We love our wine ( like most travelers), traveling all over southern Spain. Is there anything we should be concerned about when ordering red wine as far as prices? We are just average people that usually enjoy the house wine? What should we exspect to pay for a bottle? Thank you
Order a vino tinto and you should be able to get a glass of house red for 5 euros or less. We were in northern Spain last fall and I think we got a bottle at our splurge dinner for around 35 euros, but mostly got wines by the glass. I'd expect a decent bottle could be had for 20 euros, maybe even less, and of course you could look for something pricier, too.
In southern Spain, depending on the time of year and your inclination, a glass or pitcher of sangria might be worth ordering (great with calamari).
You will have no problems ordering & enjoying the house red by the glass. We find Spain to be a budget friendly country! If you will be near Jerez you might visit a sherry bodega too.
It's not at all unlikely that there will be several choices of 'house' wine of different varietals, by the bottle, in that region. Many times the bottle will be placed on the table and you'll just be charge for the usage.
(We easily finish the bottle. But one time, the food was so good we decide to get a few more courses, went a over a third of the way through a second bottle--to pair with an outrageous 'Botifarra with flecks of foie gras'--and were charged quite fairly for those two glasses.)
Always ask your waiter for a 'house wine' pairing suggestion.
As for Calamari, or better yet, 'Fritto Misto!', I would recommend pairing with a crisp, white Verdejo from Rueda.
The wine in Spain is plentiful, delicious, and inexpensive. Of course, you can spend much for a bottle, but the local varieties served in the restaurants are excellent. Ask the waiter is my suggestion as well...
The concept of house wine is very different in many parts of Europe from the US where it means cheap wine. Many bars and restaurants are associated with a wineries and take pride in their house wines. Most house wines will be better than some of their cheaper bottles. We always order a house wine unless we know it is marginal from prior experience. We are rarely disappointed with house wines in Europe. Sometimes the wine is close in price to bottled water.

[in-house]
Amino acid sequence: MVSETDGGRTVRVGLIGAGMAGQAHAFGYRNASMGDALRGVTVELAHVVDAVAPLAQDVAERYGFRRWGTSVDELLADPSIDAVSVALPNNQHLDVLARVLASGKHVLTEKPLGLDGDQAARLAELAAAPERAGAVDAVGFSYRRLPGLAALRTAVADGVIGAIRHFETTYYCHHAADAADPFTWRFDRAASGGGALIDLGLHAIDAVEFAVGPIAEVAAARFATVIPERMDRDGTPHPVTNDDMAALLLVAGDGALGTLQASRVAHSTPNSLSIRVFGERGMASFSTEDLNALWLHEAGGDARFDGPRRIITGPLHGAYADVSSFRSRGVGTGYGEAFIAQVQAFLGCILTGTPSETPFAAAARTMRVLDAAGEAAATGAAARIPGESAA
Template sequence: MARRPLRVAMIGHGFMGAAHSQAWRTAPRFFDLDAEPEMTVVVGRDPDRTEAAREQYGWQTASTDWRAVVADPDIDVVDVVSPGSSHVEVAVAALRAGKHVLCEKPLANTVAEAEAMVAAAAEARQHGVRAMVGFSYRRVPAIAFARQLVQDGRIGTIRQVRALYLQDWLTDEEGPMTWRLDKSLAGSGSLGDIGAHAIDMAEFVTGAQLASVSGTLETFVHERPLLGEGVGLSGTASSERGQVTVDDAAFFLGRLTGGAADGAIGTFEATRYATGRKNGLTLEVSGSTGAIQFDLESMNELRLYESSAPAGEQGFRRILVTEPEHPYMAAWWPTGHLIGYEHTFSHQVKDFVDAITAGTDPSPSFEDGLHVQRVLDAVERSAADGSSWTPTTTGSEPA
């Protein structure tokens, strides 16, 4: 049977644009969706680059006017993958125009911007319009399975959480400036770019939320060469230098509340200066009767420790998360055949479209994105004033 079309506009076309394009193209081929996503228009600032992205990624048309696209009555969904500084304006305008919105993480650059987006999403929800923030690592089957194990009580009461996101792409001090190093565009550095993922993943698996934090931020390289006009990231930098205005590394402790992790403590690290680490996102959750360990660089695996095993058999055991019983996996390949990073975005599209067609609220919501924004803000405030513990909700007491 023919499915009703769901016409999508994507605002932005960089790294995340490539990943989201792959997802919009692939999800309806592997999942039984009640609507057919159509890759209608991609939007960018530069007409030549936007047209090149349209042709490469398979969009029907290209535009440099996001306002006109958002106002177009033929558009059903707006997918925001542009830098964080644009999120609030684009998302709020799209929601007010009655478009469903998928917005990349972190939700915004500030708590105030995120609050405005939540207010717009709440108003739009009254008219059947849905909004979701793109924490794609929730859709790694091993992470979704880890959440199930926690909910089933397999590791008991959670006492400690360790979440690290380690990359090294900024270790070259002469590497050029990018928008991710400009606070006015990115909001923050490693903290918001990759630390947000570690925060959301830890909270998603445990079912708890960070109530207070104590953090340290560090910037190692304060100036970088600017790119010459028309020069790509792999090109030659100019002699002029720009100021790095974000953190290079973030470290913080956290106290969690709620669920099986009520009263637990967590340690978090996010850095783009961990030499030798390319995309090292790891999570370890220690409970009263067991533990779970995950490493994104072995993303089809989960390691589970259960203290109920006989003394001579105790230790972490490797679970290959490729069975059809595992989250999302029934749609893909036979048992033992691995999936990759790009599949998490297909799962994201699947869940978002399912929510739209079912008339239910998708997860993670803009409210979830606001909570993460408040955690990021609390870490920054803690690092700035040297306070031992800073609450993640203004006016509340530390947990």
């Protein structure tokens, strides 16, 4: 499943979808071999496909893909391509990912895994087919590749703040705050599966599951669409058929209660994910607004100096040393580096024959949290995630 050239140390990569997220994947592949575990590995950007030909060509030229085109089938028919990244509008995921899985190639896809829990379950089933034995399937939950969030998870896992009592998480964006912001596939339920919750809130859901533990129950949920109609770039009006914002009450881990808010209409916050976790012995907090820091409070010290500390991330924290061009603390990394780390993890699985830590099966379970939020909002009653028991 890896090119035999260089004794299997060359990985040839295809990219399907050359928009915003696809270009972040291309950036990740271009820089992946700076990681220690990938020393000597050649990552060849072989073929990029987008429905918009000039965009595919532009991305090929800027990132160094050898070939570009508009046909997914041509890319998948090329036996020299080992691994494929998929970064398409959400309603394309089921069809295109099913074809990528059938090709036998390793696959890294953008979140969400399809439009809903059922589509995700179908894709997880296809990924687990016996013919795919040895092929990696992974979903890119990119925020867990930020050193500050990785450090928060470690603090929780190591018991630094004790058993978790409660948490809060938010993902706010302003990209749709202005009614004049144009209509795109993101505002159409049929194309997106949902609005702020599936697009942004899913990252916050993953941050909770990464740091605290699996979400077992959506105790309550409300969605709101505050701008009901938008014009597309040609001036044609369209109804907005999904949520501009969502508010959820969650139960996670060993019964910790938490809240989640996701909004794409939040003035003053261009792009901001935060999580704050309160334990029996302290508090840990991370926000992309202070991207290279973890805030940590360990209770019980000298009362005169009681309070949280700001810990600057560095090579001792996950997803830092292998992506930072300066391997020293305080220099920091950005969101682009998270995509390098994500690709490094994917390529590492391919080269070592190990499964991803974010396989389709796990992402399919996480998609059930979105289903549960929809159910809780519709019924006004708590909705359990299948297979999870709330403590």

Thank you, all very helpful :-)
We are making our third month long visit to Spain and Portugal in a couple of weeks. We have found house wines in Iberia to be excellent in general, and usually buy by the glass or caraffe. Vino tinto gets you the house red. Although "crianza" is technically the second level of aging and oak for rioja, generically it is a slightly better house wine than tinto. 2.5 to 3 euros will get a glass of crianza in most average bars and restaurants with maybe 4 euros in nicer places. BTW, liquor costs way more in Spain than wine,which is considered food.
I'm not a foodie. When I eat it's local, authentic, and affordable. I never paid $5 for a glass of wine in Spain, though you might pay that at a nice restaurant or upscale bar in the big cities. I wrote some prices down after our trip to Spain on my trip review (Spain: clean toilets, affordable lodging - I know bad name). As I recall vino tinto (regular red wine) ran about 1,40 - 1,60 euro, crianza (aged one year, better wine) ran about 1,80 - 2,2 euro, reserva (aged two years, best wine) ran about 2,60, you can also order gran reserva (but we never tried any).
In Barcelona we found many high prices in upscale bars along the Ramblas. Away from the Ramblas wasn't too bad. We went to one Cervezaria/cafe near Park Guell and ordered the fixed price lunch special. They brought a bottle of red with our lunch, included in the price (it wasn't the best wine we had in Spain).
I found, like Italy, the house wine is sometimes great and other times not. I'd try the house first. If it's really not that great, order something else. I personally liked the wines from Valdepenas best, but it's really personal taste - most like Rioja (from northern Spain).
You should also try the Sherry. I'd suggest touring some Bodegas in Jerez. I'm not a Sherry drinker but it fits in Spain (as Vodka fits in Russia/Scandinavia and Beer fits in Bavaria).
Jerez has the only "open to the public" Bodegas we found in Spain. Everywhere else you needed to call ahead a day or two to let them know you were coming. There are wine museums in various wine towns too. They are old Bodegas that are worth seeing and have a wine bar where you can try different local wines. They're open to the public but have limited hours and usually close for siesta - call ahead to check their hours before you visit.
Brad's post reminded me of the wine museum in Ronda. It was lots of fun, room after room with quirky collections, and lots of wine to taste.
....House wine is normally included with a meal. So no need to pay anything......
That is news to me. In all of our travels over many years we have never encountered wine being included in the price of the meal. The exception might be fixed price menus but never with regular service. Must be going to the wrong places.
I'm with you Frank, I've rarely had meals in Europe, and especially Spain, where the wine was included in the price. It may be more common for prix-fix menus, and those can be great values. I've had that in France for sure. But fixed menus are less common in certain areas and not always what people order. I've traveled Spain pretty extensively, and don't recall even a single meal where the wine was included. Occasionally I've gotten a free aperitif, but it's more rare than in Italy.